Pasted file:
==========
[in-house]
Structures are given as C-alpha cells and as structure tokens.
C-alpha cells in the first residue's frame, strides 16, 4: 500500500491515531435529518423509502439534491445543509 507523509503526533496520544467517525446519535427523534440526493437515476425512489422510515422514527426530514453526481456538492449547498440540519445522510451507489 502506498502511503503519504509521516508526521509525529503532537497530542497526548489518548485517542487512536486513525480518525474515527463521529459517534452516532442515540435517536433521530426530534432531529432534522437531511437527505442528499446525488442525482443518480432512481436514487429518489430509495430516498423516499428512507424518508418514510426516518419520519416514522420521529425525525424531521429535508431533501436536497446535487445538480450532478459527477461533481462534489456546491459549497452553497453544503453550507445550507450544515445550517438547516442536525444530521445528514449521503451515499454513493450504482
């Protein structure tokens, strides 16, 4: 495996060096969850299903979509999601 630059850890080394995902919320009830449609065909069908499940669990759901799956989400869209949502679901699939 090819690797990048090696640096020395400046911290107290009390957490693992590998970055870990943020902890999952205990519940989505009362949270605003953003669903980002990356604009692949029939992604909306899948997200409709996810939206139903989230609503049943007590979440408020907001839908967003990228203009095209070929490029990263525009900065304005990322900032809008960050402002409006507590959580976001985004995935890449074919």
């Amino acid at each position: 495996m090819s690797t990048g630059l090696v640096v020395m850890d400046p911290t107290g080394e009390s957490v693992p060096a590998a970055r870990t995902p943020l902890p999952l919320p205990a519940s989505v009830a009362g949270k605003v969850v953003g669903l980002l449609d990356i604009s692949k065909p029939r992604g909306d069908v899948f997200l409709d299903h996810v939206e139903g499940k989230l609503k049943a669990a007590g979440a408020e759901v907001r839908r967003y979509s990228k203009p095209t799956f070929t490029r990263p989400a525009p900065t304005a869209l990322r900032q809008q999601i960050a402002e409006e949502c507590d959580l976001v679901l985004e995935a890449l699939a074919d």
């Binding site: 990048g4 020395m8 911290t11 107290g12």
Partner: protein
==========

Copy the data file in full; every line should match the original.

[in-house]
Structures are given as C-alpha cells and as structure tokens.
C-alpha cells in the first residue's frame, strides 16, 4: 500500500491515531435529518423509502439534491445543509 507523509503526533496520544467517525446519535427523534440526493437515476425512489422510515422514527426530514453526481456538492449547498440540519445522510451507489 502506498502511503503519504509521516508526521509525529503532537497530542497526548489518548485517542487512536486513525480518525474515527463521529459517534452516532442515540435517536433521530426530534432531529432534522437531511437527505442528499446525488442525482443518480432512481436514487429518489430509495430516498423516499428512507424518508418514510426516518419520519416514522420521529425525525424531521429535508431533501436536497446535487445538480450532478459527477461533481462534489456546491459549497452553497453544503453550507445550507450544515445550517438547516442536525444530521445528514449521503451515499454513493450504482
């Protein structure tokens, strides 16, 4: 495996060096969850299903979509999601 630059850890080394995902919320009830449609065909069908499940669990759901799956989400869209949502679901699939 090819690797990048090696640096020395400046911290107290009390957490693992590998970055870990943020902890999952205990519940989505009362949270605003953003669903980002990356604009692949029939992604909306899948997200409709996810939206139903989230609503049943007590979440408020907001839908967003990228203009095209070929490029990263525009900065304005990322900032809008960050402002409006507590959580976001985004995935890449074919």
């Amino acid at each position: 495996m090819s690797t990048g630059l090696v640096v020395m850890d400046p911290t107290g080394e009390s957490v693992p060096a590998a970055r870990t995902p943020l902890p999952l919320p205990a519940s989505v009830a009362g949270k605003v969850v953003g669903l980002l449609d990356i604009s692949k065909p029939r992604g909306d069908v899948f997200l409709d299903h996810v939206e139903g499940k989230l609503k049943a669990a007590g979440a408020e759901v907001r839908r967003y979509s990228k203009p095209t799956f070929t490029r990263p989400a525009p900065t304005a869209l990322r900032q809008q999601i960050a402002e409006e949502c507590d959580l976001v679901l985004e995935a890449l699939a074919d």
């Binding site: 990048g4 020395m8 911290t11 107290g12």
Partner: protein